You’ve done it! You have decided to finalize your travel arrangements, confirm your flights, and start charging your credit card. You are likely spending thousands of dollars in hopes that you will achieve some advanced state of relaxation, experience a new thrill and adventure, or be captivated by the beauty and wonder of your destination. Why risk those hopes and dreams with poor luggage?
One of the biggest mistakes travelers can make is not investing in the right luggage. Notice I didn’t say “good” luggage, there is plenty of that, but rather the luggage that best fits you and your destination. This is a key distinction, and the reason why you can’t simply pull out that duffel bag in the back of your closet, pack it up to 50 lbs., and hope it fits in the overhead compartment. You will end up with an injured back sitting in your small economy seat sticky with sweat for the next few hours of your international flight. Wait, it gets worse. Once you arrive, you have to haul all of your belongings what feels like a marathon’s distance to get to public transportation systems that aren’t made to fit luggage of that size, followed by trudging through the picturesque village you will now be cursing because its “roads” are uneven, slippery cobblestone that prevent your roller bags from rolling, yet easily roll your ankles. Trust me, I am not exaggerating.
Three things you can do to ensure your travel doesn’t get off to a bad start due to taking the wrong luggage:
1) Pack light, and do laundry
None of your friends or family will realize you’re wearing the same pair of pants in all of your travel pictures, so why bring more than that? And no, you don’t need that extra pair of shoes, they aren’t comfortable for walking all day over cobblestone anyway. If you only follow one of these tips, follow this one. You will thank yourself countless times during your trip that you did.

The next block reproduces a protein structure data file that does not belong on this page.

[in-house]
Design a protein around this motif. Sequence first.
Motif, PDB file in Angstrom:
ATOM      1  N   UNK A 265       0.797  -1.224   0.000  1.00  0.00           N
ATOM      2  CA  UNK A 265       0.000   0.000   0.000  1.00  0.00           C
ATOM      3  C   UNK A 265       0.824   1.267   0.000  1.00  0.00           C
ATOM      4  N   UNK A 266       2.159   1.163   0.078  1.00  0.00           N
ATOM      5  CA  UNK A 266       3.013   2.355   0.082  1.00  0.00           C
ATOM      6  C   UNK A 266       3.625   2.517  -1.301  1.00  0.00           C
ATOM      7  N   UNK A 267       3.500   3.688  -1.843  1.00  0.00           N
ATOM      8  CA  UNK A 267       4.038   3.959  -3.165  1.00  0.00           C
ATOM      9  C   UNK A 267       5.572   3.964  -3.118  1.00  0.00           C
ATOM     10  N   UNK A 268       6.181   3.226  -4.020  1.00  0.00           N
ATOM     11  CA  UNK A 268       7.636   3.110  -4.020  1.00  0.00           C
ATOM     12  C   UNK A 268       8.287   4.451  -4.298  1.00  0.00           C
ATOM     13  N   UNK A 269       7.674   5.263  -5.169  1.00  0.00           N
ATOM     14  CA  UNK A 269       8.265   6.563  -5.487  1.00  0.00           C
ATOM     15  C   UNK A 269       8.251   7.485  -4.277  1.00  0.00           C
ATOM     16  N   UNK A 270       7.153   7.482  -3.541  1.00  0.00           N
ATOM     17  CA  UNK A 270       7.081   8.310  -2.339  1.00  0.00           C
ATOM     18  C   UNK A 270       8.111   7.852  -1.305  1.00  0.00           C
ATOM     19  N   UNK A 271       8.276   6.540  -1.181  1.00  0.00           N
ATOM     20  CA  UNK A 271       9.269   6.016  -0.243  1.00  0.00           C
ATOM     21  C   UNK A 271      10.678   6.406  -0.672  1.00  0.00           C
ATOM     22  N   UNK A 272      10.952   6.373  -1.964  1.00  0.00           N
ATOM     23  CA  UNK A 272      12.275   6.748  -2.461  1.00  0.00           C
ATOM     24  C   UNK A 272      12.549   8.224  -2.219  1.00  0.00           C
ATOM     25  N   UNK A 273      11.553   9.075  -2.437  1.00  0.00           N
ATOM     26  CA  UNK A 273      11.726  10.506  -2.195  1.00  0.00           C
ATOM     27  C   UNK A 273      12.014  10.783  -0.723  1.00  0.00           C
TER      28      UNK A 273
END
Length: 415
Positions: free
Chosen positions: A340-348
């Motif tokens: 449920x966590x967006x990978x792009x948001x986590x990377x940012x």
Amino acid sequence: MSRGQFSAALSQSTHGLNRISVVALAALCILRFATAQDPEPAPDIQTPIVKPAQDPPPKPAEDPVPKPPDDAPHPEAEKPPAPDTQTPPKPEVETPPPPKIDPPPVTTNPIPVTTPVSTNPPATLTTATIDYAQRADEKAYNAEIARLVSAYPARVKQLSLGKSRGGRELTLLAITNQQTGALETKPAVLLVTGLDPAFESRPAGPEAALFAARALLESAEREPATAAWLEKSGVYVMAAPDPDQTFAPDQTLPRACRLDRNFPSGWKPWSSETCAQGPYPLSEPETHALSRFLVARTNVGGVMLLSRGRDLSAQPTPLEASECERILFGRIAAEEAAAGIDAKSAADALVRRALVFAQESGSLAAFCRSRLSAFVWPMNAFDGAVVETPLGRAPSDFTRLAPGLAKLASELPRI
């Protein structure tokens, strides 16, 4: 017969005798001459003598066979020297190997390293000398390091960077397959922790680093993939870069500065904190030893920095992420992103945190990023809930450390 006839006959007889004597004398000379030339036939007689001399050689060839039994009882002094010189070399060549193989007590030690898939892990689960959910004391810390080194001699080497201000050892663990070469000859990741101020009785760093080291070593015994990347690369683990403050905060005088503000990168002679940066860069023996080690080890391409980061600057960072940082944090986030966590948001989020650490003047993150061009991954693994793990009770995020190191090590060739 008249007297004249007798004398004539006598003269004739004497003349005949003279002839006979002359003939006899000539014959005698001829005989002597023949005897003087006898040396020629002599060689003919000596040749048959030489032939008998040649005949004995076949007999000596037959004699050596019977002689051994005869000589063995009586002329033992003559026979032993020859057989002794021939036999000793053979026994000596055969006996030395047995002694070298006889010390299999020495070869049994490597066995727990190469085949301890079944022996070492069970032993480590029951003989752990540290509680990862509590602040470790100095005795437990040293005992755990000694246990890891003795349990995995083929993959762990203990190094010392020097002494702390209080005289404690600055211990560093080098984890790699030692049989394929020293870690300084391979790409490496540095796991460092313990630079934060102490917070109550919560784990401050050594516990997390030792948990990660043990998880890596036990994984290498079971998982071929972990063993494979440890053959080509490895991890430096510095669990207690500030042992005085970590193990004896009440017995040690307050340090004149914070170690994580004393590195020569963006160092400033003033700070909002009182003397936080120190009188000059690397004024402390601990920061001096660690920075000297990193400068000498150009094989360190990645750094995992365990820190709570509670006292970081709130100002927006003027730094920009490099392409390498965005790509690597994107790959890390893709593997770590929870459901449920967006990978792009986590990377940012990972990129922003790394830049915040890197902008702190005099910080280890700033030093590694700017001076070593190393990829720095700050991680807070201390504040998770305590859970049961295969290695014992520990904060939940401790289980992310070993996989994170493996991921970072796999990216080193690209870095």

2) Pick the right luggage
A good way to force yourself to pack light is by purchasing smaller luggage. Unless I’m traveling for business, I always prefer a backpack. It is infinitely easier to navigate towns and villages that weren’t designed for large, rolling suitcases (which is most everywhere in the world except for the United States). There are a lot of good options on the market, but just to name a few that I’ve used and found to be the right fit for me (full disclosure – I am not getting paid to mention these. I have simply used them and like them).
For long weekends:
This bag has been with me more places than I can recall, and is simply very well thought out in its design and organization. It is designed with protected compartments for all of my devices, with room for an extra pair of shoes and another set of clothes. The best feature: it can fit all of those items and then compress down to fit underneath the airplane seat in front of you!
Longer than a few days:
If you need a little more space for those longer trips, the Osprey Farpoint has it, along with a zip off day pack that allows you to carry everything on your back when you need to, but gives you the flexibility to carry a smaller backpack when you don’t. There are a lot of packs that do this, and the Osprey is simply the one I’ve used. Do your research and find one that fits you best, and make sure you consider the size and whether or not it can technically fit in an overhead compartment. I believe the Osprey technically cannot, but haven’t actually been prevented from doing so as you can use its built-in compression straps as needed.
3) always bring a black pen. Always.
I have made the mistake more than once where I neglect to bring a black pen. Not only do you want to have one for journaling to remember your experiences, but more importantly you will absolutely need one to complete customs and immigration forms upon arrival and departure of your destination. You do not want to be that clueless traveler asking sheepishly for a pen as everyone else passes you in line because they came prepared.